Brand awareness

Like most entrepreneurs, Jerry Brand is not afraid of hard work, but he also knows when to stop and enjoy life. After selling his first business for £1.8m in 1996, he retired to the countryside to help bring up his children for the next eight years.

That first business was Russell & Brand, a catering, cleaning and security services company that grew so quickly it won a PricewaterhouseCoopers/Independent award for being the second-fastest-growing privately-owned business in 1995. Brand is now having another go, and in May 2004, he set up Host Contract Management, a contract catering business operating in industry, schools and care homes.

Brand says it is important that any business leader who wants to recruit and retain a high performing, motivated workforce should remember that their staff have lives too.

“Most people have to earn money to live, but you also have to understand that people need to enjoy their jobs,” he says.

Having learned a lot about how to get the most out of a workforce from running Russell & Brand, he is determined to put those lessons to good use.

“I am using a lot of those experiences and putting them back into Host,” he says. “In particular, continuous development, individual development programmes and the importance of team working.”

Because 95 per cent of the workforce operates on-site at client premises, the company is decentralised and Brand has organised it along regional business management areas. Each area has a regional business manager and a certain degree of autonomy from other area units. Each also has its own share-option and profit-share schemes, as “this leads to financial motivation and loyalty”, says Brand.

Brand is keen for each regional business manager and their unit to feel empowered to drive the business forward as a team.
“The traditional business model is triangular with the boss at the top, then going down through management to employees. It is the other way round for us. The operators (catering staff) are the most important people in the company and are championed by the business. They are at the top.”

For this reason, there is only one office for the marketing, e-business and accounting staff. Everyone else works on-site and Brand has invested in virtual private network technology so that area managers can access the main data centre from wherever they are working.
“It is far better for people to be based on-site, rather than in an office.” He too is keen to spend a lot of time on-site, talking to clients and employees and witnessing first-hand how the business is going.

Once a month, each unit holds an informal continuous improvement meeting, where managers sit down with staff to ask what can be done to improve the business. Brand is a firm believer that teams work better than individuals and that employees should work collaboratively. But, he also thinks that people have become more individualistic than when he set up Russell & Brand in 1988.

“People are looking more at the longer picture now and if you’re not developing them, they see themselves as standing still. Younger people in particular have much higher expectations.”

That is partly why Brand attaches a lot of importance to training programmes. He is trailing an e-learning programme, whereby all employees have access to laptop computers to train at their own pace. The training starts with regulatory modules, such as health and safety and then moves onto areas such as customer service.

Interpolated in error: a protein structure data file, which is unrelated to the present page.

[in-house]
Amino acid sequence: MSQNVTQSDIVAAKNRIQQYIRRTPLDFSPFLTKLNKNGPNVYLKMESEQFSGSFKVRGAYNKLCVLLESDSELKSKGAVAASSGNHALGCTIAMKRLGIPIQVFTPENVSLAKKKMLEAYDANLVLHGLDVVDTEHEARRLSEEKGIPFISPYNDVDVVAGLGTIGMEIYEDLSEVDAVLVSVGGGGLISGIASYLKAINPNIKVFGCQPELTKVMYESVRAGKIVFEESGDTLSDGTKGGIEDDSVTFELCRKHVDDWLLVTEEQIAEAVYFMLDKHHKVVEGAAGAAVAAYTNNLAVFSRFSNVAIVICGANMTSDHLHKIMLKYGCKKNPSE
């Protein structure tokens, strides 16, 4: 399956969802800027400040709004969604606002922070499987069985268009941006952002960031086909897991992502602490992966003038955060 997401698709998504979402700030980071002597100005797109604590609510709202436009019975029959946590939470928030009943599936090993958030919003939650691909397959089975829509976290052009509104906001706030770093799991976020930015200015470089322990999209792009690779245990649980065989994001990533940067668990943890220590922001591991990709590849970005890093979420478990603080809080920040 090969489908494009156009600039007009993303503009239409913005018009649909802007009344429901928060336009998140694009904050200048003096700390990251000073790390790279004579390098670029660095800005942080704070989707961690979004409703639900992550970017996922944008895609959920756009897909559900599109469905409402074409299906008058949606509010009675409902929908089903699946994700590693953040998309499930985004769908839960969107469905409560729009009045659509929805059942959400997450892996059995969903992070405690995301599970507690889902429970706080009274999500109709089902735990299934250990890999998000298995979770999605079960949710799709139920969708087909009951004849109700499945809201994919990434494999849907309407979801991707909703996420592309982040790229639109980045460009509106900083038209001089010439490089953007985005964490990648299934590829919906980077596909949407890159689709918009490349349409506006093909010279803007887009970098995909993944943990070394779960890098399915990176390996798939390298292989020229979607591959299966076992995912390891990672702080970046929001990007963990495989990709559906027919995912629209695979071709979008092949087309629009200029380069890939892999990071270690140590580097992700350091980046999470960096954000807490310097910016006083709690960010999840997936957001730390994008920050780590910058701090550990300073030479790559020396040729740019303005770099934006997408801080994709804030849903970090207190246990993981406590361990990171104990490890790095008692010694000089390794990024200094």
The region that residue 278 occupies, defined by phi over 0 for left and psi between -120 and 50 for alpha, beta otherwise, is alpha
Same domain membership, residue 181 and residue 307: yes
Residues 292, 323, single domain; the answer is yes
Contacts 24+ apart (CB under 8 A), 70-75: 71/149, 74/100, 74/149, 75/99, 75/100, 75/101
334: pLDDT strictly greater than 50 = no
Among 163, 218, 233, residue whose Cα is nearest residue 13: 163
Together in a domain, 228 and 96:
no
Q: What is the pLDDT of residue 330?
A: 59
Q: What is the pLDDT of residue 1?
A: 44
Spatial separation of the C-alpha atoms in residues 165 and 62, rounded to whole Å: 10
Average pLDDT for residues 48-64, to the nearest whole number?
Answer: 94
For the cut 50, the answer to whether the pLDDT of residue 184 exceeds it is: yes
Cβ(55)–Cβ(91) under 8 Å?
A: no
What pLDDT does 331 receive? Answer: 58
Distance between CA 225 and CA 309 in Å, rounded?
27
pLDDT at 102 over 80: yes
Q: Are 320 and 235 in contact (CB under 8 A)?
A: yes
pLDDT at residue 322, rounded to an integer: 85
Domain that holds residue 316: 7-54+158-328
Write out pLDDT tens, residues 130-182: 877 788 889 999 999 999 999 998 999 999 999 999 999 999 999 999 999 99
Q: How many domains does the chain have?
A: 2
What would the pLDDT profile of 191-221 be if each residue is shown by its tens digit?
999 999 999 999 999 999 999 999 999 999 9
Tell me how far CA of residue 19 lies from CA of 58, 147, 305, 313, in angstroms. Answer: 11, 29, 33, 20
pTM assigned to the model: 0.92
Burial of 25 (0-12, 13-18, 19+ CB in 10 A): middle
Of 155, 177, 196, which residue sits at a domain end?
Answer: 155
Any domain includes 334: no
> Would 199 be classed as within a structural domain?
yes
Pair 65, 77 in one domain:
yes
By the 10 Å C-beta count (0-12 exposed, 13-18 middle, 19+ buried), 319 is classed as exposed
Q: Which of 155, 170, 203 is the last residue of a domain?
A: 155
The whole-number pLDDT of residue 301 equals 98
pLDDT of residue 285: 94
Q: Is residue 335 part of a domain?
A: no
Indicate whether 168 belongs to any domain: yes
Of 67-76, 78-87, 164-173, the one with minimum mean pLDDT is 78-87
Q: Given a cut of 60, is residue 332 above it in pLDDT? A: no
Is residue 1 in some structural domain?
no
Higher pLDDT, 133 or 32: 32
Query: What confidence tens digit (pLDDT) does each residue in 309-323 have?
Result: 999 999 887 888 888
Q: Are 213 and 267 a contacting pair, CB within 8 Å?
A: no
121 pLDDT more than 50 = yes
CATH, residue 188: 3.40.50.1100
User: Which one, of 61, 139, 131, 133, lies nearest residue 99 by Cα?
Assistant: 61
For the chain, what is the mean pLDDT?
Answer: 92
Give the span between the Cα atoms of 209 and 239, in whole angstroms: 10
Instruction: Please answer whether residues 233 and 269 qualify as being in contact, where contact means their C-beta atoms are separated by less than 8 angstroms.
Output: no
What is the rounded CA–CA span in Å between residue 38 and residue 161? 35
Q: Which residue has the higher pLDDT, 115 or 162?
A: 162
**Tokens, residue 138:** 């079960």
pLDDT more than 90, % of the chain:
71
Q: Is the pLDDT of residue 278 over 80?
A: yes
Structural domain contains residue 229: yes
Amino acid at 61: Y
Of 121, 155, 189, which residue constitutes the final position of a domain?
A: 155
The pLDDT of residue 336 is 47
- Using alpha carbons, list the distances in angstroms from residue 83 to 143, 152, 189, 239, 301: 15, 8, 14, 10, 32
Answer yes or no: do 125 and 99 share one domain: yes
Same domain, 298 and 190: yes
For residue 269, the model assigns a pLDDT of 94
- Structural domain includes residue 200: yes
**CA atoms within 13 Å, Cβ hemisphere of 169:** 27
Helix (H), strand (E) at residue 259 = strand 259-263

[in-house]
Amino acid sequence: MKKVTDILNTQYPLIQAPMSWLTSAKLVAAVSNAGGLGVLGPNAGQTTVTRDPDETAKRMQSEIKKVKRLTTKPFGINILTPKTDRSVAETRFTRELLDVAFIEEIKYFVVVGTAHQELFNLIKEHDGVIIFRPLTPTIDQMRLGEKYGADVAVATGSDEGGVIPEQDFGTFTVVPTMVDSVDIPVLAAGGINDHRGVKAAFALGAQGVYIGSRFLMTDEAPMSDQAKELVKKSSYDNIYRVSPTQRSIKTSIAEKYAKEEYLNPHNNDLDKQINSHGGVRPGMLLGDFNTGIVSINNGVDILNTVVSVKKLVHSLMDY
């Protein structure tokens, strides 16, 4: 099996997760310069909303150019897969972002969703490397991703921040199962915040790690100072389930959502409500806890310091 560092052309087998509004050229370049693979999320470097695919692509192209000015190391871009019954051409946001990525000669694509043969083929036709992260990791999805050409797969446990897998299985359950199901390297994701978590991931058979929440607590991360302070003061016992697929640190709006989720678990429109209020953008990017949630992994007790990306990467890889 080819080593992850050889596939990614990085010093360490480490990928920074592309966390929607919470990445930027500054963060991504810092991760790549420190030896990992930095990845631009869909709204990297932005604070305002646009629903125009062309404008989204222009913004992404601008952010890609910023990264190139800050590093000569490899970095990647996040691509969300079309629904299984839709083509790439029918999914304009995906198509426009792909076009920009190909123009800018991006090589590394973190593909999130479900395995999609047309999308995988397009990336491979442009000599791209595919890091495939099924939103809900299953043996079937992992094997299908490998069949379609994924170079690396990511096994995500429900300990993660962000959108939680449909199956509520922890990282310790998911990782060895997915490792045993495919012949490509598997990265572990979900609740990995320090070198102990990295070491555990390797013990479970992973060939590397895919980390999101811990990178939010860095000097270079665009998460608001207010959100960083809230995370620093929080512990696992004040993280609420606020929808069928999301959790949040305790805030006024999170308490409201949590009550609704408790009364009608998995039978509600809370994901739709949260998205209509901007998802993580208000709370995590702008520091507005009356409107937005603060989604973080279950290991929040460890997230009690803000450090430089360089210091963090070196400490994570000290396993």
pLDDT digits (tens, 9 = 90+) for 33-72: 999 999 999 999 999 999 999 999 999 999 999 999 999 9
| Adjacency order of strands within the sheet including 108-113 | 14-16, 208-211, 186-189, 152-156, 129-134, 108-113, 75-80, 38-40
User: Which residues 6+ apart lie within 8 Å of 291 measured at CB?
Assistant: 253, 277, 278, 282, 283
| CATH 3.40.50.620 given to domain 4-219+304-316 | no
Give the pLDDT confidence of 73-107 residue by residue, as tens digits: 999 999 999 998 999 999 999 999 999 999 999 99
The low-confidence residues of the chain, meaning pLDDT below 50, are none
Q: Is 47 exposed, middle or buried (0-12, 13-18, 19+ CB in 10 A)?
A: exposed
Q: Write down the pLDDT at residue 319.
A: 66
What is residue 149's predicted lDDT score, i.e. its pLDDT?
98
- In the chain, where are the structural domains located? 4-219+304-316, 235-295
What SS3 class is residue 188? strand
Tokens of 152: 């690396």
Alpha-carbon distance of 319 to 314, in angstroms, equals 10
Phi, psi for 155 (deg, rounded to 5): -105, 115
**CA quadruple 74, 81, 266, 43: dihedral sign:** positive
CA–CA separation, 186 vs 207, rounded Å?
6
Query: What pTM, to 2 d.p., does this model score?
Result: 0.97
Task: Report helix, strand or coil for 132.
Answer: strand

Brand says the e-learning is going well, but thinks the key to success is ensuring that staff get the training they want.

“You have to ask: ‘Does this person want to be developed in this way?’ I learned from Russell & Brand that you have to appraise people, talk to them and find out where they want to go next.”

The company runs an apprenticeship scheme aimed at staff who didn’t go to college and it will support people through NVQ accreditation. And when Brand employs people, he is not so much looking at their paper credentials as their attitude and ambitions.

“I tend to employ people who are very hungry to develop themselves,” he says. “They may not have the CV and experience, but do have the potential to develop into particular roles.”

He spends a lot more time now on the interviewing process than he did at Russell & Brand, to recruit people with the right outlook and company fit.

Brand now has 60-70 employees on board and 35 contracts established. He plans to acquire a couple of contracts every month to reach a target of 50 contracts by September 2006. His big target is to float the company in five to 10 years’ time.

Brand wants to get to the stage where he can take on the big four contract catering operators in the UK. He reckons he can do it because of his people management skills and his understanding of the industry. “You have to use people power,” he says. “You have to have a vision and tell people that vision. So many people are not good with people – they are starchy and not prepared to listen.”

Related articles

Big fish mentality
Give managers a sense of ownership and a taste of their true potential to really get the creative juices flowing, say entrepreneurs John Barnes and Richard Richardson

How do they do that?
How entrepreneurs get more out of their staff than some of their bigger corporate rivals

Coffee Republic founder reveals entrepreneurial secrets
Entrepreneurial spirit is a state of mind that can still apply in large organisations


Comments are closed.